Lets say you work at a Johns Cookie Oven and you give a contribution to Mrs Smiths campaign. Your contribution is tallied with other employees at the cookie factory and low and behold, the headlines read JOHNS COOKIE OVEN GIVES 650.00 to Mrs Smith.
    It doesn`t mean anything. Read and learn.Gosh.

    Fannie, Freddie Takeover Ends Lobbying Effort Bigger Than GE's

    By Jonathan D. Salant
    Enlarge Image/Details

    Sept. 9 (Bloomberg) -- The government's takeover of Fannie Mae and Freddie Mac stops one of Washington's most powerful lobbying juggernauts in its tracks after the mortgage giants had spent tens of millions of dollars thwarting efforts to increase government oversight.

    ``There's no doubt that the legislation was delayed for many years because of the strength of their lobbying power,'' said James Lockhart, director of the Federal Housing Finance Agency, after issuing an order halting all of their political and lobbying activities. The companies employ 20 in-house lobbyists and 48 outside firms, U.S. House records show.

    ``Effectively they report to me and government agencies can't have lobbyists,'' he added in an interview yesterday. ``So they notified all of their outside lobbyists that they are no longer allowed to do any lobbying.''

    The government's decision to end the mortgage companies' political and lobbying activities is reminiscent of the 1998 agreement between state attorneys general and tobacco companies. As part of the deal, the industry shut down its trade group, the Tobacco Institute, which issued studies and fought efforts to restrict smoking.

    Fannie Mae and Freddie Mac spent $7.4 million on lobbying in the first six months this year -- $2.9 million by Fannie Mae and $4.5 million by Freddie Mac. Their $174 million in combined lobbying expenses since 1998 put the two companies just behind the U.S. Chamber of Commerce and the American Medical Association and ahead of General Electric Co., according to the Center for Responsive Politics, a nonpartisan Washington-based group that tracks money in politics.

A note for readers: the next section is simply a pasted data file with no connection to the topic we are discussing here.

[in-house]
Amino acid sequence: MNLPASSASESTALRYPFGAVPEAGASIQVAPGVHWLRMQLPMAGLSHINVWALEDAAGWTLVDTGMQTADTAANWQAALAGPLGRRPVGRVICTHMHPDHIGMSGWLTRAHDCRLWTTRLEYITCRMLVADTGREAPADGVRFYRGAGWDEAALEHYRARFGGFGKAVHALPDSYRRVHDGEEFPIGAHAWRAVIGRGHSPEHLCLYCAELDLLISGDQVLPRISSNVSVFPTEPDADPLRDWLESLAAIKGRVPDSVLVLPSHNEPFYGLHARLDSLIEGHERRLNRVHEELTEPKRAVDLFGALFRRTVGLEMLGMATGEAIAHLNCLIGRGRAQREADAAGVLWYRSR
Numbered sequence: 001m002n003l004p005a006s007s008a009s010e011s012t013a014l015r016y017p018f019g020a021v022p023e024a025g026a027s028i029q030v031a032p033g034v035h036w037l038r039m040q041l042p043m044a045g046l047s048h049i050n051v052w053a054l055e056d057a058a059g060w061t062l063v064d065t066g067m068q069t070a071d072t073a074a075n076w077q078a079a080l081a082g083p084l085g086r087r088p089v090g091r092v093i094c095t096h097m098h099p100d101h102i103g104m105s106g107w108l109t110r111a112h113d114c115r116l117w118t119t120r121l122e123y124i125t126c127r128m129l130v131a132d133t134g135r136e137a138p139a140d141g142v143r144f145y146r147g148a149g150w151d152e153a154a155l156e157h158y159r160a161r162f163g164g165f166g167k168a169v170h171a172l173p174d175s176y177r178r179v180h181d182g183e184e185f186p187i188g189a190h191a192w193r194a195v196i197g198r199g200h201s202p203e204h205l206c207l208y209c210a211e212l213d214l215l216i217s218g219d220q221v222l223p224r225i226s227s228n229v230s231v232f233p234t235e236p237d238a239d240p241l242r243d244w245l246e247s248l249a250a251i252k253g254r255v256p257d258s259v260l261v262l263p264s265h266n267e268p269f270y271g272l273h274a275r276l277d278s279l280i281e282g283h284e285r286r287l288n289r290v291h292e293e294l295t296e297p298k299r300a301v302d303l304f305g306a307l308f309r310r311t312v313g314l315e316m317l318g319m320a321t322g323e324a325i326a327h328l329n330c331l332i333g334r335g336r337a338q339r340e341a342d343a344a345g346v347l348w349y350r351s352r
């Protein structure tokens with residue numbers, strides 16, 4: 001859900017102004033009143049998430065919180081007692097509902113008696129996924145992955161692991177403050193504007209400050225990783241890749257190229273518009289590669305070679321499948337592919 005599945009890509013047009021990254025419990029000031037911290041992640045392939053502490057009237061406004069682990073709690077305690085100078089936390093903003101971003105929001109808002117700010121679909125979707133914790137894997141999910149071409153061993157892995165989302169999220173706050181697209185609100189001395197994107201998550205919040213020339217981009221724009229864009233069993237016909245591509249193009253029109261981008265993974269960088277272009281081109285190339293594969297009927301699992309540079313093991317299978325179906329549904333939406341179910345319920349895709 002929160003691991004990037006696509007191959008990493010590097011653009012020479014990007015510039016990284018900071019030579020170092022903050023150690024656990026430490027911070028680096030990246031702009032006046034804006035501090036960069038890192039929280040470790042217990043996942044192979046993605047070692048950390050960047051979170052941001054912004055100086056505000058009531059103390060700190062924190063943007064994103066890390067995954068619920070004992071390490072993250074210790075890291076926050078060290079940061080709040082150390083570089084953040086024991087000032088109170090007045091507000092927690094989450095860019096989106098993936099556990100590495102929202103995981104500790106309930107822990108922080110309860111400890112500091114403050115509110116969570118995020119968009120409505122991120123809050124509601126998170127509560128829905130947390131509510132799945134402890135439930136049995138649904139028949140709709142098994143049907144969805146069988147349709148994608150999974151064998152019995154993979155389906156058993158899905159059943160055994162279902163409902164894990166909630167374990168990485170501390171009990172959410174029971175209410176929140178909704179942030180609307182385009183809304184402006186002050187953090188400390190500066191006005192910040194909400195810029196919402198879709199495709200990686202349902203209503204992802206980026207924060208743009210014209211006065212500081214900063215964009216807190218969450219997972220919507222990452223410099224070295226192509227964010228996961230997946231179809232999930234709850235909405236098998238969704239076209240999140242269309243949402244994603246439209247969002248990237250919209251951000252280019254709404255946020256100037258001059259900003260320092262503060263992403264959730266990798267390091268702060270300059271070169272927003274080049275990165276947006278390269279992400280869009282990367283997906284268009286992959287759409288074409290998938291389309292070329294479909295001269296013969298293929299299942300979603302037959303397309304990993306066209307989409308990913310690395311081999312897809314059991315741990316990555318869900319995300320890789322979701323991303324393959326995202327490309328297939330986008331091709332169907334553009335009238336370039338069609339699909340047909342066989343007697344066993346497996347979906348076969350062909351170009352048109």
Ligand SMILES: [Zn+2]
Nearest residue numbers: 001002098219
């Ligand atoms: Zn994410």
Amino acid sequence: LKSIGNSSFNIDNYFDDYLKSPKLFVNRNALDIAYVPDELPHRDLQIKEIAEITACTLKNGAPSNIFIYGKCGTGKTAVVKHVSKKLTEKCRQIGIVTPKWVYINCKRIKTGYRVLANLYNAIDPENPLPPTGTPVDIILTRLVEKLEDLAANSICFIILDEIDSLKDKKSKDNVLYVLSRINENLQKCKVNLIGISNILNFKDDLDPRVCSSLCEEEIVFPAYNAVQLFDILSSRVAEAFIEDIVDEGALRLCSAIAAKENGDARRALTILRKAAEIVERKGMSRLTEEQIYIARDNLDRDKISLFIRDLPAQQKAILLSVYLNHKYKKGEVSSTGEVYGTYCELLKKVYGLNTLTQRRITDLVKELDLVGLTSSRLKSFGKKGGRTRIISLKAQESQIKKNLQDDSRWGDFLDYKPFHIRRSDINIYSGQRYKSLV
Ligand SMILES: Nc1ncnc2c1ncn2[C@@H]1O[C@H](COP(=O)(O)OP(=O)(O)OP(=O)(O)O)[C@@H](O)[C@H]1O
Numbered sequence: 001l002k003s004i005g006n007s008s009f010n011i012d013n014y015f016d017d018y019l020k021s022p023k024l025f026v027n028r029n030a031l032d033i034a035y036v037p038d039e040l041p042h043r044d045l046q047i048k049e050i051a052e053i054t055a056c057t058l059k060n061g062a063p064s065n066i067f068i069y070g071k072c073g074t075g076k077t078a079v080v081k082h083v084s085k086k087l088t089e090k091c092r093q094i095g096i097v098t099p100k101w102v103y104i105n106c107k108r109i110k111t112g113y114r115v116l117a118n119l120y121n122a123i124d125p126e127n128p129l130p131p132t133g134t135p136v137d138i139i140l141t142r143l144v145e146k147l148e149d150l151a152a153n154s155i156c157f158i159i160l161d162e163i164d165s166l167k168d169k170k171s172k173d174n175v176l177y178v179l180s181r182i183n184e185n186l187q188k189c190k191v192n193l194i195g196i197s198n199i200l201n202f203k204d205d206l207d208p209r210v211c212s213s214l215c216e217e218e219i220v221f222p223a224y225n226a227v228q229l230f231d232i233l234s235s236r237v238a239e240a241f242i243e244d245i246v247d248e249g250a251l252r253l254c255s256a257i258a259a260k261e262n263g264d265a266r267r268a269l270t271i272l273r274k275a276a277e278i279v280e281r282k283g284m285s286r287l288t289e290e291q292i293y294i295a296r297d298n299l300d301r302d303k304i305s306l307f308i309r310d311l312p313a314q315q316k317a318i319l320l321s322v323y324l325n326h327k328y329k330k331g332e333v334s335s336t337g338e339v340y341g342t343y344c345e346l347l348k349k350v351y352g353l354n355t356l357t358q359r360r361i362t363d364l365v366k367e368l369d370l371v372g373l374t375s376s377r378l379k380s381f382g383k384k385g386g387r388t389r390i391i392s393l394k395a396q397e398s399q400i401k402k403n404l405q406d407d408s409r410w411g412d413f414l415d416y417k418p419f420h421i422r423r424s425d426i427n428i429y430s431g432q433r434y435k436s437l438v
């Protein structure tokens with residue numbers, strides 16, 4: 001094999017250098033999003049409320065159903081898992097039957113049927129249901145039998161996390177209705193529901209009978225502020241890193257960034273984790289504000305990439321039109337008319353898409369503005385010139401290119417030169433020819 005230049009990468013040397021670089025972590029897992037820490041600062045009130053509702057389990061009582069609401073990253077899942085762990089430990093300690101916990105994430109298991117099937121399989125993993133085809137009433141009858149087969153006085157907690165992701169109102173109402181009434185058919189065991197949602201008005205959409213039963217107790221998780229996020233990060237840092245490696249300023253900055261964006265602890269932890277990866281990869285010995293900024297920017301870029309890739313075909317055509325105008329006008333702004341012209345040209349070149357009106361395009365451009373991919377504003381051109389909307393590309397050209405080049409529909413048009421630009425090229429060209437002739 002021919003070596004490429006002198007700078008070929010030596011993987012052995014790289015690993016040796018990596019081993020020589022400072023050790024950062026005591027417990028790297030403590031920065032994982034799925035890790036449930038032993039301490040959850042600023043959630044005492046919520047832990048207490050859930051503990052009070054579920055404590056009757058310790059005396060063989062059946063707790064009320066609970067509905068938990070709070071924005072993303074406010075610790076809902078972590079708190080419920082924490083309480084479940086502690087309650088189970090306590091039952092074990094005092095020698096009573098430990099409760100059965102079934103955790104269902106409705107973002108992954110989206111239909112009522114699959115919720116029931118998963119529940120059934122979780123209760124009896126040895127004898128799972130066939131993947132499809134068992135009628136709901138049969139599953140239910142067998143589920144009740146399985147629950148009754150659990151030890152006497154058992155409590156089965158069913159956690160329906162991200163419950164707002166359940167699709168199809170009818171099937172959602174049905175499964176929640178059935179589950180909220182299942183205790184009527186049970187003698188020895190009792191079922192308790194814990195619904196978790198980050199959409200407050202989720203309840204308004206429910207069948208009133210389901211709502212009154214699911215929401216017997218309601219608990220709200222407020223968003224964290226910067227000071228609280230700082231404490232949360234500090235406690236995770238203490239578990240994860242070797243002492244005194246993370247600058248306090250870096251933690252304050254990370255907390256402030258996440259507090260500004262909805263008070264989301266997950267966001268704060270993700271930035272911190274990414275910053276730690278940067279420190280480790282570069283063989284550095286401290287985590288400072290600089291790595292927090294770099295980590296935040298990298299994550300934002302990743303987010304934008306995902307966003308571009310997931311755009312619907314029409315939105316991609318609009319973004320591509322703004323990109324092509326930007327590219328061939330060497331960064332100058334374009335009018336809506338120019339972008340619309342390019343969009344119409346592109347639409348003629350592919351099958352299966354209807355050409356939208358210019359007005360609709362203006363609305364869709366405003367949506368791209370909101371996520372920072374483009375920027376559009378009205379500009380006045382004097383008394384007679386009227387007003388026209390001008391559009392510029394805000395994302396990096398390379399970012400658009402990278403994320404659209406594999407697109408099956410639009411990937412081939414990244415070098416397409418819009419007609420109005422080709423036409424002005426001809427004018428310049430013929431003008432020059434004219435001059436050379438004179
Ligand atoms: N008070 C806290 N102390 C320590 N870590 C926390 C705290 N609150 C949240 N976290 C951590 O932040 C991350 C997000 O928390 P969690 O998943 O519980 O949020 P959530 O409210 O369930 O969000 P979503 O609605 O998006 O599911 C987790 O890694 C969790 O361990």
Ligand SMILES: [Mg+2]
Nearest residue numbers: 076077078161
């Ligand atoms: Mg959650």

On Retainer

    Among those making the case for either Freddie or Fannie were former Senator Alfonse D'Amato, a New York Republican, as well as former Representatives Thomas Downey, a New York Democrat, and Vin Weber, a Minnesota Republican.

    Others hired to lobby for one of the companies included Steve Ricchetti, deputy White House chief of staff under President Bill Clinton; and Gregg Hartley, former chief of staff to current House Minority Whip Roy Blunt, a Missouri Republican.

    ``This lobbying and insider revolving door created a very comfortable environment where there wasn't rigorous oversight by Congress,'' said James Thurber, director of the Center for Congressional and Presidential Studies at American University in Washington. He called the lack of strong oversight of the companies ``one of the biggest failures of Congress.''

    `Look Elsewhere'

    Their ``outside lobbyists,'' most from top congressional leadership positions, ``will now have to look elsewhere for their retainers to cover their schmoozing with their former bosses,'' said Kent Cooper, former Federal Election Commission assistant staff director. Freddie Mac spokesman Douglas Duvall declined comment; Fannie Mae spokesman Brian Faith didn't return a call.

    Thurber said the loss of lobbying expenditures and campaign donations means Fannie and Freddie will have to make their case to lawmakers on the facts, not on relationships or contributions.